Now that I have outlined the obstacles to happiness and joy, here are eight ways to increase joy and happiness n your life.
- Reflect on What Brings You Joy. What makes you happy? What brings you joy? Spend a few minutes thinking about each and either make a mental list of such activities or write down several ways you experience or would like to experience joy and happiness.
- Create moments of Joy. According to Fralich, author of Cultivating Happiness, one obstacle to experiencing happiness is thinking that it just happens passively. Create moments of happiness and joy by scheduling it in your day. If happiness to you would be a vacation, try to scale back to an achievable moment you can incorporate into your daily routine. Perhaps you have photos from this vacation or enjoyed a certain drink or food while listening to music associated with your time away. You can create moments of happiness within your home by looking through photos and listening to music. We often put ourselves last on the to do list of the day. Schedule small amounts of time, even fifteen minutes a day, to engage in activities which bring you joy and happiness.
- Look for Joy and Happiness in Small Moments. There are big events in life when we experience joy; the birth of a child, an achievement of a hard-earned goal, a relaxing vacation or trip. Becoming aware of smaller moments of joy can significantly increase one’s sense of happiness and contentment. Perhaps a moment of joy is watching your children play or going for a walk and noticing nature around you or simply sitting in quiet enjoying a cup of tea. However you define happiness, slow down and look for the small examples of happiness in your life.
- Create Joy for Someone Else. Giving to others and those we care about often brings about joy and a sense of happiness. When we care for other people we feel good about bringing something positive to someone else’s life.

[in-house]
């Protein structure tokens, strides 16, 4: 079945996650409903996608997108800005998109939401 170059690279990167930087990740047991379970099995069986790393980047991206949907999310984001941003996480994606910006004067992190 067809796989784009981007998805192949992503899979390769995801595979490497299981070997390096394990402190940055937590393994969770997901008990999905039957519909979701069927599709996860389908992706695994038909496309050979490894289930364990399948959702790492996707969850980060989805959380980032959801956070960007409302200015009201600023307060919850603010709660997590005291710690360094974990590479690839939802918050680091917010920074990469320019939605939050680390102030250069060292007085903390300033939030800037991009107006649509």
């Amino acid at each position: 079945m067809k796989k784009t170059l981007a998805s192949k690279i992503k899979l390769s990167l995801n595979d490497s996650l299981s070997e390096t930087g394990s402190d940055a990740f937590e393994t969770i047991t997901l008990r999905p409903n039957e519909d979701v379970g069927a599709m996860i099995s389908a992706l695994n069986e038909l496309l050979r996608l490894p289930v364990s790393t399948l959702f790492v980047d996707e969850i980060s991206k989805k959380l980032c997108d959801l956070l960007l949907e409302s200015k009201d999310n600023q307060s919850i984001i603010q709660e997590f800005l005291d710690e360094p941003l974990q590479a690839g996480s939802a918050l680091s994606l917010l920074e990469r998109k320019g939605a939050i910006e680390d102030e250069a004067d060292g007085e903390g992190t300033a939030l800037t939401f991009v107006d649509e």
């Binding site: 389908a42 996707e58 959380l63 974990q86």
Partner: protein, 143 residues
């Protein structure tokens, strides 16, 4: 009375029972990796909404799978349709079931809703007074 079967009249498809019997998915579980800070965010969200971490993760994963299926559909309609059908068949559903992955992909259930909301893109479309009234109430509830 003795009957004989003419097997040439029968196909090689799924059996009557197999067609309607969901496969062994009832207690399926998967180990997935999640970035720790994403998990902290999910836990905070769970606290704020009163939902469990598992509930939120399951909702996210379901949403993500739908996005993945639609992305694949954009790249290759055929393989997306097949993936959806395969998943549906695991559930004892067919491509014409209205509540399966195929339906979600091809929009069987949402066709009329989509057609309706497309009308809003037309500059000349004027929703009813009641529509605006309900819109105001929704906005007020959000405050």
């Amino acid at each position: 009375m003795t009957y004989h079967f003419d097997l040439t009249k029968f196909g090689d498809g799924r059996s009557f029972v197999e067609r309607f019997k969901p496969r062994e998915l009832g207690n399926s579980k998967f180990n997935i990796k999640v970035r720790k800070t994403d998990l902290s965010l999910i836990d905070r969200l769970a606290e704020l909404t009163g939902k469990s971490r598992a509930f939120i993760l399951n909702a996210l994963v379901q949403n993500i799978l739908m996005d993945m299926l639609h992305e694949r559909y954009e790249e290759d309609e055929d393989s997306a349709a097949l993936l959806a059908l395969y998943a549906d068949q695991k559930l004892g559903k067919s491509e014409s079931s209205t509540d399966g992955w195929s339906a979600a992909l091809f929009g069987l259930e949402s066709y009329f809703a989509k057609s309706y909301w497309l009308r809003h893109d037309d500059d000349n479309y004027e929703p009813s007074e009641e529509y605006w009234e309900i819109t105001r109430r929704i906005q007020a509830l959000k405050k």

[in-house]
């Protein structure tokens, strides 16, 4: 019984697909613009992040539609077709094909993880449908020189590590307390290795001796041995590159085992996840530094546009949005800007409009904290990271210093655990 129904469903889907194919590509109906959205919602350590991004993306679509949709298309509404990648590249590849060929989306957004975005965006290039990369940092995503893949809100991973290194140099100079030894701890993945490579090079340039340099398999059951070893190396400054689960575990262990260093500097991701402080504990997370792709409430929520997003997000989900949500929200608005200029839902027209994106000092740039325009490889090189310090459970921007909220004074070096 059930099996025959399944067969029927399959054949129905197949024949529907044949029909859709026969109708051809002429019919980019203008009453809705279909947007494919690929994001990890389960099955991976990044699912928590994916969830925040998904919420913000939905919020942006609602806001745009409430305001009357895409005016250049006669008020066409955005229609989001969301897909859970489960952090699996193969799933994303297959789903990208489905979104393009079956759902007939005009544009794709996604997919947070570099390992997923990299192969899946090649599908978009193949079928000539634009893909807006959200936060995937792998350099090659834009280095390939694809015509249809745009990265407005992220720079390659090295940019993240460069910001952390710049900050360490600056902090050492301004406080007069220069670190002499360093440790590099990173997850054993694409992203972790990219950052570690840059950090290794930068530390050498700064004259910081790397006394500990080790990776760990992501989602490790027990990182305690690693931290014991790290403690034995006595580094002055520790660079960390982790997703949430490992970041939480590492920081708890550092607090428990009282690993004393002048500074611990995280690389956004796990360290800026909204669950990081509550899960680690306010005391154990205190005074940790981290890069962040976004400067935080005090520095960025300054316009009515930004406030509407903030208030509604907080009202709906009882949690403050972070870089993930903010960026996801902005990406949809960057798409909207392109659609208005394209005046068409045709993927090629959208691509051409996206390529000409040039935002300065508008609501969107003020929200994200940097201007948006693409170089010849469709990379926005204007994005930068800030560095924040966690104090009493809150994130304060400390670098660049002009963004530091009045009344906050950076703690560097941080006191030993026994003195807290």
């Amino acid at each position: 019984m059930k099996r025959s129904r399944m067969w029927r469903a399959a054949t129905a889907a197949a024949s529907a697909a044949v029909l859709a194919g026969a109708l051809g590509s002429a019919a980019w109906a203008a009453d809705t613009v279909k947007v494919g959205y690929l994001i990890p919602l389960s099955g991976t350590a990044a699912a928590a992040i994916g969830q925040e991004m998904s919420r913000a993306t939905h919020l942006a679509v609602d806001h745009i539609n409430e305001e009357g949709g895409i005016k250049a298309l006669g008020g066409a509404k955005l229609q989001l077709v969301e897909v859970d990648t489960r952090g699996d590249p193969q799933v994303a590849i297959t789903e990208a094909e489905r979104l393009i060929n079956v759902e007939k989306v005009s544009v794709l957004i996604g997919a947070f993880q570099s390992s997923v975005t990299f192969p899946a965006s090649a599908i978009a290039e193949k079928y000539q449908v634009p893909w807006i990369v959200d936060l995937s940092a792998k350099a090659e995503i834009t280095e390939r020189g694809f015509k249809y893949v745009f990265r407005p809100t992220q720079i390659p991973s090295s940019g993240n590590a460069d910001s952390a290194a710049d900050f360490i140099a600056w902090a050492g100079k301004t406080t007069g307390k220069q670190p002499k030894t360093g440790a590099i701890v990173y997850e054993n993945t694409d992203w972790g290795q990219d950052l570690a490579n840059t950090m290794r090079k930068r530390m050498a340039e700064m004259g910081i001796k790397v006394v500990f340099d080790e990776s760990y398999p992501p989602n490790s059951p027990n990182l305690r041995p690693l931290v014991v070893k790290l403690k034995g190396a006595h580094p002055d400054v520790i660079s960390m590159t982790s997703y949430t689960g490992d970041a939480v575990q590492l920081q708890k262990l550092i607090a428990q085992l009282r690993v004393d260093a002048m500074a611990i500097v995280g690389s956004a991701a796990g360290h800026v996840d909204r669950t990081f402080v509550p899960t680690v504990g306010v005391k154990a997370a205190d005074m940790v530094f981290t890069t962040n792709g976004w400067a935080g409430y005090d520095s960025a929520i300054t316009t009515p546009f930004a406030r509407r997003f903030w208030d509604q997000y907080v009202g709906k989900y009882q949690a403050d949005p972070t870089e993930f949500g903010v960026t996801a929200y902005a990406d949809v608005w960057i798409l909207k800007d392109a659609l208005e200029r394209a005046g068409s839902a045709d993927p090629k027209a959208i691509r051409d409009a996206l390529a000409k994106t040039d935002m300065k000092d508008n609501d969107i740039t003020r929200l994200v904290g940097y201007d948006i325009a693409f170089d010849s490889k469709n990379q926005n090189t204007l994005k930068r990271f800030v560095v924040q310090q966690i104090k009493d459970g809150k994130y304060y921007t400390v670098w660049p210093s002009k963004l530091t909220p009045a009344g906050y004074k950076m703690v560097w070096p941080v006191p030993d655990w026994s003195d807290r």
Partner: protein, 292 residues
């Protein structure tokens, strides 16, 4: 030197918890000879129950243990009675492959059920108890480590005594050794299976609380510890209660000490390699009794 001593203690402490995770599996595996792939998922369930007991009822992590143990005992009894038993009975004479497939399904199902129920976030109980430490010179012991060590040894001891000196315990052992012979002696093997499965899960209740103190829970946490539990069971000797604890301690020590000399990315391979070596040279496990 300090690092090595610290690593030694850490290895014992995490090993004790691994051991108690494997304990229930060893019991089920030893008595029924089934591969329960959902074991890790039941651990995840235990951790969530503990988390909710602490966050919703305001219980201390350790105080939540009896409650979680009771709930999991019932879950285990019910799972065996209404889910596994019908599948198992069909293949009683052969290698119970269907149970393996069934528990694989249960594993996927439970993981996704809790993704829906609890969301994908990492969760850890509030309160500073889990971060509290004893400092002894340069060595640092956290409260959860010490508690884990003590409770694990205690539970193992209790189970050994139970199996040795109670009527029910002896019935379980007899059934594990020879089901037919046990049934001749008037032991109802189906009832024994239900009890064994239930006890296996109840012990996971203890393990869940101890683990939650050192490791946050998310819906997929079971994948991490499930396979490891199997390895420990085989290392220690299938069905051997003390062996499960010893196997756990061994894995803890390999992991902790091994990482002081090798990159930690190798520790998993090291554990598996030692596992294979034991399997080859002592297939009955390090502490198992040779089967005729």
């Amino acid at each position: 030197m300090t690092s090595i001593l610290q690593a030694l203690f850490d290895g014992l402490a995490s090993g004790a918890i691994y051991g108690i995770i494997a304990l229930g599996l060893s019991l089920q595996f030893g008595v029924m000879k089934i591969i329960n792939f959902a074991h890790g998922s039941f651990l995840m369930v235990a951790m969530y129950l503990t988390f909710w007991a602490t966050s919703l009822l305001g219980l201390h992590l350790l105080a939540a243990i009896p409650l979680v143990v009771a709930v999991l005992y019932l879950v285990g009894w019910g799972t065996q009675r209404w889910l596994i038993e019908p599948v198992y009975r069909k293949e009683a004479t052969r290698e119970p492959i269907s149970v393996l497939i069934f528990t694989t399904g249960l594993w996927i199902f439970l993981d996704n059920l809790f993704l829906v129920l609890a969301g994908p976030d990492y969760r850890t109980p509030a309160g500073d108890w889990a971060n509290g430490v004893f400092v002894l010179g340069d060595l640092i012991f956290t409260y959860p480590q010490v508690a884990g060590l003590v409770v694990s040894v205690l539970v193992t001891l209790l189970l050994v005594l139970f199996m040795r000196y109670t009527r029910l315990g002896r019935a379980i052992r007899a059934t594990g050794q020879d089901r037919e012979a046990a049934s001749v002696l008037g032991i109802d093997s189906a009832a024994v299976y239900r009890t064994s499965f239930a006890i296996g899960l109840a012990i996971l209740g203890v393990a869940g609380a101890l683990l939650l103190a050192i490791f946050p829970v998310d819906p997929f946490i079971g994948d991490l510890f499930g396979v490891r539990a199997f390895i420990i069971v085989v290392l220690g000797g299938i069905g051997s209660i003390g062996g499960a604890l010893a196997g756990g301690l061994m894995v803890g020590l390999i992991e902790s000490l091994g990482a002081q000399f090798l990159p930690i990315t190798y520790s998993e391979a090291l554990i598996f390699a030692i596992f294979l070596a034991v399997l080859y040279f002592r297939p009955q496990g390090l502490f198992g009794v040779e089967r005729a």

- Experience Life. Many of us get caught up in being so productive, we leave little time to enjoy and experience life. Slow down, take a deep breath and allow yourself to be in the moment without being overly productive. Instead of using your smart phone when ever there is down time or filling every waking moment with productivity, allow yourself to connect to the important people in your life. Allow yourself to slowly eat and enjoy a meal or savor a piece of chocolate or embrace in a hug with a loved one more than a moment; rather than moving onto the next thing to do, take in the moment in front of you.
- Learn From Your Children. Have you ever noticed how children are fantastic about being in the moment? Watch your children and follow their lead. Observe how they can be in the moment enjoying only what is in front of them.
- Keep Track of Joy and Happiness. Whether you journal, write it in the notes section of your smart phone, take a photo or simply allow the moment to sink in for later recall, find a way to hold onto the joyful moments. Over time, small positive moments add up and can change the way you perceive happiness.
- Limit Multitasking. A sure way to reduce joy and happiness is through the distractions of multitasking. When we are engaged in another activity, it is hard to be present and attuned to other events unfolding around us. By limiting multitasking, we can create opportunities to allow our senses to take in fully moments of joy and happiness.
As the year draws to a close and celebrations with family and friends fill the calendar, remember to look for and create joyful moments in your life.
© Copyright Dr. Claire Nicogossian 2014